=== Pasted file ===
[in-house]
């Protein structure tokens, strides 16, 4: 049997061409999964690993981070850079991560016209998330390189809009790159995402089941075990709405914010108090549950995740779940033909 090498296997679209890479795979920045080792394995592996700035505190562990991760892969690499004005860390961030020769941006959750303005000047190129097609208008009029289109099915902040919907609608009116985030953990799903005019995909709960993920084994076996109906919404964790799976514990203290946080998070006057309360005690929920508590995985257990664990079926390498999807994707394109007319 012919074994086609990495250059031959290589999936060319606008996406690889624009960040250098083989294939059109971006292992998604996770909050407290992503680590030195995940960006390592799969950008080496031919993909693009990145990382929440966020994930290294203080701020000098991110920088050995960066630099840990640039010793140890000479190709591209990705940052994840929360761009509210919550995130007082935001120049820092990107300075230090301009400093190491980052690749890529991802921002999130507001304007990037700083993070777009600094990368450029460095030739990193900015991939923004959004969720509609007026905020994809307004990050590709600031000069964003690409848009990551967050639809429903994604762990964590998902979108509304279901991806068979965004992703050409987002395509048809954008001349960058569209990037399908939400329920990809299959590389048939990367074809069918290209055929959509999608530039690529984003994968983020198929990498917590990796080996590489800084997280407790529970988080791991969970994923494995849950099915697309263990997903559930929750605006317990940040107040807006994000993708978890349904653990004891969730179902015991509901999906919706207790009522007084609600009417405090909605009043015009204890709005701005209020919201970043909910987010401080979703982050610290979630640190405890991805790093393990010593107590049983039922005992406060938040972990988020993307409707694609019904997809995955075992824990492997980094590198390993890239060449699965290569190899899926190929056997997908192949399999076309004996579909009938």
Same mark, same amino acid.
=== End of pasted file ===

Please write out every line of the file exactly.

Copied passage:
[in-house]
């Protein structure tokens, strides 16, 4: 049997061409999964690993981070850079991560016209998330390189809009790159995402089941075990709405914010108090549950995740779940033909 090498296997679209890479795979920045080792394995592996700035505190562990991760892969690499004005860390961030020769941006959750303005000047190129097609208008009029289109099915902040919907609608009116985030953990799903005019995909709960993920084994076996109906919404964790799976514990203290946080998070006057309360005690929920508590995985257990664990079926390498999807994707394109007319 012919074994086609990495250059031959290589999936060319606008996406690889624009960040250098083989294939059109971006292992998604996770909050407290992503680590030195995940960006390592799969950008080496031919993909693009990145990382929440966020994930290294203080701020000098991110920088050995960066630099840990640039010793140890000479190709591209990705940052994840929360761009509210919550995130007082935001120049820092990107300075230090301009400093190491980052690749890529991802921002999130507001304007990037700083993070777009600094990368450029460095030739990193900015991939923004959004969720509609007026905020994809307004990050590709600031000069964003690409848009990551967050639809429903994604762990964590998902979108509304279901991806068979965004992703050409987002395509048809954008001349960058569209990037399908939400329920990809299959590389048939990367074809069918290209055929959509999608530039690529984003994968983020198929990498917590990796080996590489800084997280407790529970988080791991969970994923494995849950099915697309263990997903559930929750605006317990940040107040807006994000993708978890349904653990004891969730179902015991509901999906919706207790009522007084609600009417405090909605009043015009204890709005701005209020919201970043909910987010401080979703982050610290979630640190405890991805790093393990010593107590049983039922005992406060938040972990988020993307409707694609019904997809995955075992824990492997980094590198390993890239060449699965290569190899899926190929056997997908192949399999076309004996579909009938």
Same mark, same amino acid.